For many people, planning a trip to the United States can be a complex experience. The country is a mix of big, brash, and beautiful landscapes, and kind and considerate people, as well as an angry, seething, and scarred America where guns, hate, and extremism are prevalent. Both aspects of the country can be encountered at any time, in any place, which is the risk and reward of going on holiday there.
The author has visited America many times, both with and without their family. They have been fortunate enough to experience the big, brash, and beautiful side of America and the kind and considerate people who largely populate it. However, they have not been to America in three years due to the COVID-19 pandemic.
Now that the pandemic has eased its grip on the world, the author and their family intend to return to a special place outside of Boston where they have spent almost every summer since their two daughters were born more than 20 years ago. It is a sweet, sun-bronzed home to mostly sweet, sun-bronzed people who open their old, well-manicured cottages to strangers from around the world and across America with a warm handshake and a smile.
Their trips have been a soothing respite from the hurly-burly of life where they have found rest and quiet for a fortnight each year. They dip into the ocean and walk along a beach that disappears into the horizon and doubles as a toasty, healing blanket for their sun-bath-loving girls.
However, part of the author doesn’t want to go on their belated getaway to America this summer. Part of them would rather retreat to Prince Edward Island (PEI), a distant, beguiling piece of Canada their family has discovered over the past two summers.
PEI is blessed with golden, sweeping hills and vistas dotted with bright-colored farmhouses that suggest a slower, more humane way of life. There are also the island’s pristine, calm beaches that stretch along the Atlantic Ocean’s sometimes jagged, clay-red coast. The water is warm and inviting, just like the mellow islanders who call this lovely, sanguine province home.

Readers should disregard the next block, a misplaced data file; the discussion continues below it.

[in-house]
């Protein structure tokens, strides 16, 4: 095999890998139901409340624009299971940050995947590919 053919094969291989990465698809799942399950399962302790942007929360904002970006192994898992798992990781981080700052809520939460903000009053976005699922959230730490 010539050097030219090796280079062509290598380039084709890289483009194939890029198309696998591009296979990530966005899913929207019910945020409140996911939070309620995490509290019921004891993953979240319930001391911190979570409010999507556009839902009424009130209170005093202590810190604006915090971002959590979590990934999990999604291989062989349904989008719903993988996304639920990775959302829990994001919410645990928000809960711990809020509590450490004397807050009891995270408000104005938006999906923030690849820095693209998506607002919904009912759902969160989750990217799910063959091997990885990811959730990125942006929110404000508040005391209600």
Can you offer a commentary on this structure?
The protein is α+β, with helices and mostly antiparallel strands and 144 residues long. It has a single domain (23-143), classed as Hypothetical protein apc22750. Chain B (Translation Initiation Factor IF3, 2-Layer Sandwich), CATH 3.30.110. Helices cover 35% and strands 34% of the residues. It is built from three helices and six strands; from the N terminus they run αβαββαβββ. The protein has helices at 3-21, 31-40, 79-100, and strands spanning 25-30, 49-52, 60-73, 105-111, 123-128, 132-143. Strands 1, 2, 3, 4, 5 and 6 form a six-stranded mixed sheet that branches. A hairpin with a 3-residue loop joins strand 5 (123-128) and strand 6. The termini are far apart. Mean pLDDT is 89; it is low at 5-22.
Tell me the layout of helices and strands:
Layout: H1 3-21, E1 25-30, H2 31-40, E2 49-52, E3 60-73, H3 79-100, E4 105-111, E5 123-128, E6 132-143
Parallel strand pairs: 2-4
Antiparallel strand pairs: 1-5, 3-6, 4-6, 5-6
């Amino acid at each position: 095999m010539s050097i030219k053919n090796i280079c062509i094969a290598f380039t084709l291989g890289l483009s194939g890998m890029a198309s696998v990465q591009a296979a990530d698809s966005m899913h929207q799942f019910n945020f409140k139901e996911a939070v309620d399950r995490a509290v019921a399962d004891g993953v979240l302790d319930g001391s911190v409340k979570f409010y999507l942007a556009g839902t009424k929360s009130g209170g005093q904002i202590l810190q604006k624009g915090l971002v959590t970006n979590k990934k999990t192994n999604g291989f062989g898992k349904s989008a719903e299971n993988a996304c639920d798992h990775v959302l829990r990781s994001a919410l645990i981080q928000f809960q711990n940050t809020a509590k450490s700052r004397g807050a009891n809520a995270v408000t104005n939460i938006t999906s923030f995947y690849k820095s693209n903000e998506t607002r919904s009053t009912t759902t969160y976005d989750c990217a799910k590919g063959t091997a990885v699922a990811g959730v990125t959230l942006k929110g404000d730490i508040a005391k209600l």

At the height of the pandemic, the author’s wife had arranged for the shop owner of a famous candy store in the village center to post a note in its window telling their delighted daughter that it was eager for her to come back. However, the author worries that the village they adore may have become infected by the darkness that sadly defines so much of America. They worry that the place they knew no longer exists.
The author also worries about the threat that America can pose to the mind and body. They worry that America is a risk not worth taking. Despite reassurances from their family, they can’t shake this disquieting feeling.
Much of America, for all its allure and possibilities, is toxic and dangerous. The country appears broken, consumed by discord and a festering fury that shatters people and places day after disfiguring day. The divide has deepened between enlightened America and too many other Americans who believe that guns are more valuable than books, and who share in the seething ignorance and bigotry of the false prophets they follow religiously on TV.
This is not a new phenomenon. America has always been a dangerous and divided nation. But that danger and division appear more acute these days, stoked as they are by a gallery of grifters and charlatans eager to leverage America’s cleaving into viewers, votes, and profit.
Beyond the constant tumult and depressing cacophony, America has become exhausting. Try as they might, the author can’t avoid paying attention to the drama and convulsions that jar America one news cycle after another. They can’t escape America. They are obliged to write about the promise and madness of America.
There is an impulse in the author that wants to stay away to avoid being exposed to a nasty, ugly America. Returning to America, even for two weeks, is, in this context, a little absurd. However, their family reminds them that the America they know and the Americans they have met are good and decent. They will remember this when they pack their bags and head out to an imperfect country that, without fail or hesitation, has welcomed them.
Despite their doubts, the author is convinced that gracious America still exists.